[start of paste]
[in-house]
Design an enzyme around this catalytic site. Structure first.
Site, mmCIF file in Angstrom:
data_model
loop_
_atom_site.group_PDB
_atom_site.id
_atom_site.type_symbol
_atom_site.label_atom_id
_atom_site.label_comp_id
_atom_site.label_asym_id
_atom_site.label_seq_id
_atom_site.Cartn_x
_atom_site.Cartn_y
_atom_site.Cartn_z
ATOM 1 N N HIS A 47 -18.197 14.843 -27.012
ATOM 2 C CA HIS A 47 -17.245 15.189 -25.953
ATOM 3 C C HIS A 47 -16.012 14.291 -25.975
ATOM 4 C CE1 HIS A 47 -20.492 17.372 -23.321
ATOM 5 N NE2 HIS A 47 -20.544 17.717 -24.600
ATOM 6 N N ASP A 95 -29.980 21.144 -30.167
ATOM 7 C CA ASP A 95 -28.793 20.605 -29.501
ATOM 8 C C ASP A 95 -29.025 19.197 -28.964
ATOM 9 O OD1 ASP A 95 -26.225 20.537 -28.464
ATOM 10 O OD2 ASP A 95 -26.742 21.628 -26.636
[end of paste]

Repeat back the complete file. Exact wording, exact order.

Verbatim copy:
[in-house]
Design an enzyme around this catalytic site. Structure first.
Site, mmCIF file in Angstrom:
data_model
loop_
_atom_site.group_PDB
_atom_site.id
_atom_site.type_symbol
_atom_site.label_atom_id
_atom_site.label_comp_id
_atom_site.label_asym_id
_atom_site.label_seq_id
_atom_site.Cartn_x
_atom_site.Cartn_y
_atom_site.Cartn_z
ATOM 1 N N HIS A 47 -18.197 14.843 -27.012
ATOM 2 C CA HIS A 47 -17.245 15.189 -25.953
ATOM 3 C C HIS A 47 -16.012 14.291 -25.975
ATOM 4 C CE1 HIS A 47 -20.492 17.372 -23.321
ATOM 5 N NE2 HIS A 47 -20.544 17.717 -24.600
ATOM 6 N N ASP A 95 -29.980 21.144 -30.167
ATOM 7 C CA ASP A 95 -28.793 20.605 -29.501
ATOM 8 C C ASP A 95 -29.025 19.197 -28.964
ATOM 9 O OD1 ASP A 95 -26.225 20.537 -28.464
ATOM 10 O OD2 ASP A 95 -26.742 21.628 -26.636